The Sorites Paradox and the Nature and Logic of Vague Language
This book reassesses philosophical approaches to linguistic vagueness, a puzzling feature of natural language that gives rise to the ancient Sorites paradox.
The paradox consists in three claims: (1) One grain of sand does not make a heap. (2) One billion grains of sand do make a heap. (3) For any two amounts of sand differing by at most one grain: either both are heaps of sand, or neither one is.
Claim (3) is rendered plausible by an initial conviction that vague predicates like ‘heap’ tolerate small changes. The repeated application of a tolerance principle to claim (2), however, yields the further proposition that one grain of sand does make a heap – which contradicts claim number one. Consequently, many philosophers reject or modify tolerance principles for vague predicates.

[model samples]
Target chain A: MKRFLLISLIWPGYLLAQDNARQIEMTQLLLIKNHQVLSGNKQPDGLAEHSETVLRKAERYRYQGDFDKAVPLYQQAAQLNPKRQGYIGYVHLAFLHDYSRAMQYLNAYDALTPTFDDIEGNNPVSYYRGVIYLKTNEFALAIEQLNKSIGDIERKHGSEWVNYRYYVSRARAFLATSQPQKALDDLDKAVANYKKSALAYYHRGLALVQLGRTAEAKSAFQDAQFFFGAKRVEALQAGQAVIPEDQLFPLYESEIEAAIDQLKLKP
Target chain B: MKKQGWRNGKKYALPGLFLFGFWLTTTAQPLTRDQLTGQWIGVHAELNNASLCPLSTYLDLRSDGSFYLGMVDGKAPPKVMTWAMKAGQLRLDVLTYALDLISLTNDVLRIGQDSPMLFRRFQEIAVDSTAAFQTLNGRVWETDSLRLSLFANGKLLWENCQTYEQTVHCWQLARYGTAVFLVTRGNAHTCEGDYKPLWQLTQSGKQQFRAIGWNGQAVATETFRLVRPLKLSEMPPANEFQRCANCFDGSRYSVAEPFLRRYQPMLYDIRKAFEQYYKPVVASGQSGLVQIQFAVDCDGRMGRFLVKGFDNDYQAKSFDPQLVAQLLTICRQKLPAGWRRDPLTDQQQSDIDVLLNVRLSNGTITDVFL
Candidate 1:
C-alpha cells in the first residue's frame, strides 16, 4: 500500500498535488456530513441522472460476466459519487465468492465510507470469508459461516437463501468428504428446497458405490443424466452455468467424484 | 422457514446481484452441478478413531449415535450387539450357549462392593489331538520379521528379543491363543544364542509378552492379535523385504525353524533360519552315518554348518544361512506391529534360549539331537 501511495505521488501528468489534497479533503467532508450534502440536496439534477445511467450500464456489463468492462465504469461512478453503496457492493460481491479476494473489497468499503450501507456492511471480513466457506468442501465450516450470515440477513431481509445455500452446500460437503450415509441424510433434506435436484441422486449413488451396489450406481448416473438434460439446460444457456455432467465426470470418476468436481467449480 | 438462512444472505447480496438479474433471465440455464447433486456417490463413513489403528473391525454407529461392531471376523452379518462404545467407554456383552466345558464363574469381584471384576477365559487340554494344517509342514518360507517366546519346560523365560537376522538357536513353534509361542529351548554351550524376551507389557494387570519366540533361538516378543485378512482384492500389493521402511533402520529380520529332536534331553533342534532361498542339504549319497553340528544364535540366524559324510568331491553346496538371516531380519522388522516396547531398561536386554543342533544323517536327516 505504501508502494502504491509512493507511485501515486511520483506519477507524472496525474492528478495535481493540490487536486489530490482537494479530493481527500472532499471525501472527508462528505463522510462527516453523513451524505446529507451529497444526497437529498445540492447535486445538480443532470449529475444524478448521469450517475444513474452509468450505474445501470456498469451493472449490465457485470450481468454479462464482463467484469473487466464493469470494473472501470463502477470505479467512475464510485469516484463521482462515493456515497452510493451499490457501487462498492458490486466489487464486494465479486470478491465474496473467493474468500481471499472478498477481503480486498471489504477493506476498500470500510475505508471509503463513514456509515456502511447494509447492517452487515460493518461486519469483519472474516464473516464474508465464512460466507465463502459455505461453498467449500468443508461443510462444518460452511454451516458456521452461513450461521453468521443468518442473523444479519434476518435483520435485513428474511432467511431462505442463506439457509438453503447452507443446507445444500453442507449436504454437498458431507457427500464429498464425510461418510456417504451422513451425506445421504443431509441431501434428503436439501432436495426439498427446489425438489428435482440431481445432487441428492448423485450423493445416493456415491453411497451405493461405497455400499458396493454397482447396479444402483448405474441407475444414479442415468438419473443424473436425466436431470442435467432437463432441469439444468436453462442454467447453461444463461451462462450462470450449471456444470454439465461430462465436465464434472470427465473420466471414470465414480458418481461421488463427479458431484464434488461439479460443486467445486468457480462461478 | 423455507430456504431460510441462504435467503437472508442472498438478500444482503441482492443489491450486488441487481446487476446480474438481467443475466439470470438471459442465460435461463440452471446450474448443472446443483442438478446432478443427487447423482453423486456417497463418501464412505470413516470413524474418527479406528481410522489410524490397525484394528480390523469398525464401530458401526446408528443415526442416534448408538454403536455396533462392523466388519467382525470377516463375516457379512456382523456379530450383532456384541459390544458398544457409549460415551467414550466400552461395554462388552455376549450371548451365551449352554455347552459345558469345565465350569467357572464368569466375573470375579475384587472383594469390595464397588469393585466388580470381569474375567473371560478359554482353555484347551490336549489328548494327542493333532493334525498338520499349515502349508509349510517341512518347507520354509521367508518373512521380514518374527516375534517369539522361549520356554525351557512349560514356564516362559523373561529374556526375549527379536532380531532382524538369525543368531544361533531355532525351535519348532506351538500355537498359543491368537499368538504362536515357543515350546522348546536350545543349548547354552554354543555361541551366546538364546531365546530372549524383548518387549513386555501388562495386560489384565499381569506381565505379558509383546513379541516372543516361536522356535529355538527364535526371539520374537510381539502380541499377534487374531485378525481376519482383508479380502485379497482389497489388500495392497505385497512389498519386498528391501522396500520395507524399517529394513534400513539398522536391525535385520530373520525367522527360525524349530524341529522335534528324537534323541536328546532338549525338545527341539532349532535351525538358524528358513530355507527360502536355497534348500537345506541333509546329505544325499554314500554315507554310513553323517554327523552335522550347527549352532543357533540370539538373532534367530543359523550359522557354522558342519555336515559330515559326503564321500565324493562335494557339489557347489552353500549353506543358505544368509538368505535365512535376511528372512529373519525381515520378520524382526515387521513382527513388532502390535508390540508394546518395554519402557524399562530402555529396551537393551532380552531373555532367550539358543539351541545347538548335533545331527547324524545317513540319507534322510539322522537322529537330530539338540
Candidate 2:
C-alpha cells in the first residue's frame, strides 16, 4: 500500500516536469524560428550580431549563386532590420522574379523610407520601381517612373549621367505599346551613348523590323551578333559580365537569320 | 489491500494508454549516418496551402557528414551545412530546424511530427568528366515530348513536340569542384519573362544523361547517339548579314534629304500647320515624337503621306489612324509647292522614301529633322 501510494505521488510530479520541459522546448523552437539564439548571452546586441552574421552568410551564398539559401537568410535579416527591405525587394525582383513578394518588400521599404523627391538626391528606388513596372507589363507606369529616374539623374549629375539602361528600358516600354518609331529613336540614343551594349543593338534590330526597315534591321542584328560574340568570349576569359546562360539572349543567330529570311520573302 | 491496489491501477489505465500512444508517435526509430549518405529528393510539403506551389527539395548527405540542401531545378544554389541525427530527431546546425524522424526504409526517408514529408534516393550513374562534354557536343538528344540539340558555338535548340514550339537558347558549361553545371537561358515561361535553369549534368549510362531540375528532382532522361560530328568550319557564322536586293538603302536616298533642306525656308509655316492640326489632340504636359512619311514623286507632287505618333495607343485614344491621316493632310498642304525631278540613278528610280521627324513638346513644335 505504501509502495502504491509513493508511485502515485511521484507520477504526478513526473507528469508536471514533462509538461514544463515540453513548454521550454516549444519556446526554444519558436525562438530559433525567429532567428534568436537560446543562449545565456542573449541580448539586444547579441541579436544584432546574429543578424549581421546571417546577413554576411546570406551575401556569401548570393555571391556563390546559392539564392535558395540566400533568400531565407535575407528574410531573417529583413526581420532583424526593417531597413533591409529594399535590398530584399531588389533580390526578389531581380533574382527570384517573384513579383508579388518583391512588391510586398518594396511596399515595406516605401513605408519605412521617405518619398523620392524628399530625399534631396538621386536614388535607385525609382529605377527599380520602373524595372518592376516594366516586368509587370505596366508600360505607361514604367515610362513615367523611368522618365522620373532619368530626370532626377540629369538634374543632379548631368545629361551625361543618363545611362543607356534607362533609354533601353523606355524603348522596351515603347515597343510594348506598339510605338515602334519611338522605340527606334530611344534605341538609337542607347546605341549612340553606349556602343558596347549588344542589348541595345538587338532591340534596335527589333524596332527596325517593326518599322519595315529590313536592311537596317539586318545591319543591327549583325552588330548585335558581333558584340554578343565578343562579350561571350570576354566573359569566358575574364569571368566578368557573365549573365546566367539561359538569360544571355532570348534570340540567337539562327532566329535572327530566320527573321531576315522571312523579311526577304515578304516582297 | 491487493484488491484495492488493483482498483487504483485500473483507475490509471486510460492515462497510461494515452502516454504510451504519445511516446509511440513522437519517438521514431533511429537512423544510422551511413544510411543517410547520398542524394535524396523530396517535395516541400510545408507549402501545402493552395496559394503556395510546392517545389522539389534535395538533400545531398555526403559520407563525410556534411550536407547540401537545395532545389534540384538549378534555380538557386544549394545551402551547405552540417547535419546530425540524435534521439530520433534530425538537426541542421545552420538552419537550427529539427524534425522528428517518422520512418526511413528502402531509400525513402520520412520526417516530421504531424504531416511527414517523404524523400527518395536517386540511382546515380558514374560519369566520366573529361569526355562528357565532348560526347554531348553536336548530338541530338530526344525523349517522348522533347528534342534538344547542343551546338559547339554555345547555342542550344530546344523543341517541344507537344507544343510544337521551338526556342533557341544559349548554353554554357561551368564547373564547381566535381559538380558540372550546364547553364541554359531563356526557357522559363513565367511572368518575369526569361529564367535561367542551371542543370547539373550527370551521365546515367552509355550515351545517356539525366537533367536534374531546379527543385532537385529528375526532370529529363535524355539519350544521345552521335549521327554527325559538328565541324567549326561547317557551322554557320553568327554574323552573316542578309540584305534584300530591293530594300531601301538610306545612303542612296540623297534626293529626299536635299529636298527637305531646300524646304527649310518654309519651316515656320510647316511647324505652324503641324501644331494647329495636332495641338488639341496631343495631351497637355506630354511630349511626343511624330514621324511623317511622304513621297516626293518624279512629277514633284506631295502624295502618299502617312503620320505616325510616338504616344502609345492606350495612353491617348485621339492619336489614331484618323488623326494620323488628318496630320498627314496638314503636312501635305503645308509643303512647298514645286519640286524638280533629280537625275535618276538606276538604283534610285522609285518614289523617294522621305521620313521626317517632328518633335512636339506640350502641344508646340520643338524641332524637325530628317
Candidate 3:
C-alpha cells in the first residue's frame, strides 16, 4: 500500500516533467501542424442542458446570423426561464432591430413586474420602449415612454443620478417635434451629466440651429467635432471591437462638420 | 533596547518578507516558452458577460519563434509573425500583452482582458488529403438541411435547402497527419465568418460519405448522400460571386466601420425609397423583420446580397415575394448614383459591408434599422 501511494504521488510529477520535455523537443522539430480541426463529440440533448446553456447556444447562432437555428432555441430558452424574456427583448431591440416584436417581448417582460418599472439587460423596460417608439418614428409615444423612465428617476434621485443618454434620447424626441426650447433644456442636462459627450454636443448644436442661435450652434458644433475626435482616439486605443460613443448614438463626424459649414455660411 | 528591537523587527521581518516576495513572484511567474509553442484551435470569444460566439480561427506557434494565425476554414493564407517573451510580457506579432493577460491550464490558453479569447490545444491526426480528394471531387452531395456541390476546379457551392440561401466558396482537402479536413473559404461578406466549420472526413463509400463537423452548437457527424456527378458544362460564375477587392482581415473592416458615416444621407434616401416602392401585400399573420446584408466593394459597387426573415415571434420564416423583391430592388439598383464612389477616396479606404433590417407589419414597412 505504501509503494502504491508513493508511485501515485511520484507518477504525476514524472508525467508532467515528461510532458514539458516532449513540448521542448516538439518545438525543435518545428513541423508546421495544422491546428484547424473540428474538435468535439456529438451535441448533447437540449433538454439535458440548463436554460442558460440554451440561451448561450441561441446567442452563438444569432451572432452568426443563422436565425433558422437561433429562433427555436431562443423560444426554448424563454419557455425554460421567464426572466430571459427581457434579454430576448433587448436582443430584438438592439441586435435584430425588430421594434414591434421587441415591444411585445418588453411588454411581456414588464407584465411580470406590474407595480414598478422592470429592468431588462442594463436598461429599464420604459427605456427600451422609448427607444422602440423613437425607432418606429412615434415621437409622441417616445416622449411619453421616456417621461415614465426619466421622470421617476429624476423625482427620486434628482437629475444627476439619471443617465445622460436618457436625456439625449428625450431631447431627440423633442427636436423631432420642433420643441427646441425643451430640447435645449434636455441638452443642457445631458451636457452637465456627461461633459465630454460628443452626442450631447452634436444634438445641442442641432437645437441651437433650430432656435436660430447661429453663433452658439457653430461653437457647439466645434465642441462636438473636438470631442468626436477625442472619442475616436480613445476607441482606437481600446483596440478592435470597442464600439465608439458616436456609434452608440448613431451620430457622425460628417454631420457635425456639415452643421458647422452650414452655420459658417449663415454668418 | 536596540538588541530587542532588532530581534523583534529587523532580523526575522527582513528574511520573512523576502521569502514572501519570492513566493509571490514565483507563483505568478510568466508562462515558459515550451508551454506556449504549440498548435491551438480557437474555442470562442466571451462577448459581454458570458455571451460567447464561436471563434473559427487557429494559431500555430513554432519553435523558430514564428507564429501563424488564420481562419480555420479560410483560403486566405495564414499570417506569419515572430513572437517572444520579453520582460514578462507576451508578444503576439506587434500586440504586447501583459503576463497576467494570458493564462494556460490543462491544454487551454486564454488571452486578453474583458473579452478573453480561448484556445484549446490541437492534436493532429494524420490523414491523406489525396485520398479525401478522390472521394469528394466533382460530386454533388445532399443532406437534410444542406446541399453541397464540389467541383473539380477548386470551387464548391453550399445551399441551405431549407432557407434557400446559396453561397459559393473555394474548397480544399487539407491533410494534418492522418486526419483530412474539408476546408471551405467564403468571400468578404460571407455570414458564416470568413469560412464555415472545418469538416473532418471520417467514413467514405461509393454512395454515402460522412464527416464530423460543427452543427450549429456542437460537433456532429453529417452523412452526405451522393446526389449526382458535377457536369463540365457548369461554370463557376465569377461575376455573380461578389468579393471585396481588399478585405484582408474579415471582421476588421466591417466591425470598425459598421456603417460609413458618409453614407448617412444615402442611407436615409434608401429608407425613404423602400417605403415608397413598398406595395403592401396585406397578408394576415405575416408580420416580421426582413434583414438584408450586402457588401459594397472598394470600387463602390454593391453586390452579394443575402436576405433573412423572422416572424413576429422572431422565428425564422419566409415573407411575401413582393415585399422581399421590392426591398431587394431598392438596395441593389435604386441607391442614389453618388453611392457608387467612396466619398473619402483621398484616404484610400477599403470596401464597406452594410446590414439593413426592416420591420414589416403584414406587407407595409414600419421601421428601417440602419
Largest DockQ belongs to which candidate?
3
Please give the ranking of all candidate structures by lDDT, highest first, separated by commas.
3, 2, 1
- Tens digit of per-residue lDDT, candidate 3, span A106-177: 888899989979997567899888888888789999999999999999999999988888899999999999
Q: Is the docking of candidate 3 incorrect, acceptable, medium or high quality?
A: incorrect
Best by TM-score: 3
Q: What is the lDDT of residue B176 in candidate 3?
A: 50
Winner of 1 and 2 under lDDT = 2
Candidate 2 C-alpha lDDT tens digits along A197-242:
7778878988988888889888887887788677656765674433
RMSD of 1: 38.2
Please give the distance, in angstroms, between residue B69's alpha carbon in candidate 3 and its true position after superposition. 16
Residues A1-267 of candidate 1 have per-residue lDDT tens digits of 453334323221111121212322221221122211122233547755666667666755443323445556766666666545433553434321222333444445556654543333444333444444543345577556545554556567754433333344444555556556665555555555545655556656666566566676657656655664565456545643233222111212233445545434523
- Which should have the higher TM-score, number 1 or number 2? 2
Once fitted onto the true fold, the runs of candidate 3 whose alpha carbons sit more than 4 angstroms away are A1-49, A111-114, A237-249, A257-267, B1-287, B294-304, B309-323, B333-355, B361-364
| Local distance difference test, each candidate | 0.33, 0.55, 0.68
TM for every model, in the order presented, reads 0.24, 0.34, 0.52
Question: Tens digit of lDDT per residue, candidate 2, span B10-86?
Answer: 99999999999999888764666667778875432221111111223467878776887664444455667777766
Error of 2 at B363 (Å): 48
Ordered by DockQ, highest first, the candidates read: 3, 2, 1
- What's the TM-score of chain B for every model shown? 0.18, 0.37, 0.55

Inga Bones reassesses prominent responses to the Sorites and defends a Wittgensteinian dissolution of the paradox. She argues that vague predicates are, indeed, tolerant and discusses how this finding relates to the paradox itself, to the notion of validity and to the concept of a borderline case.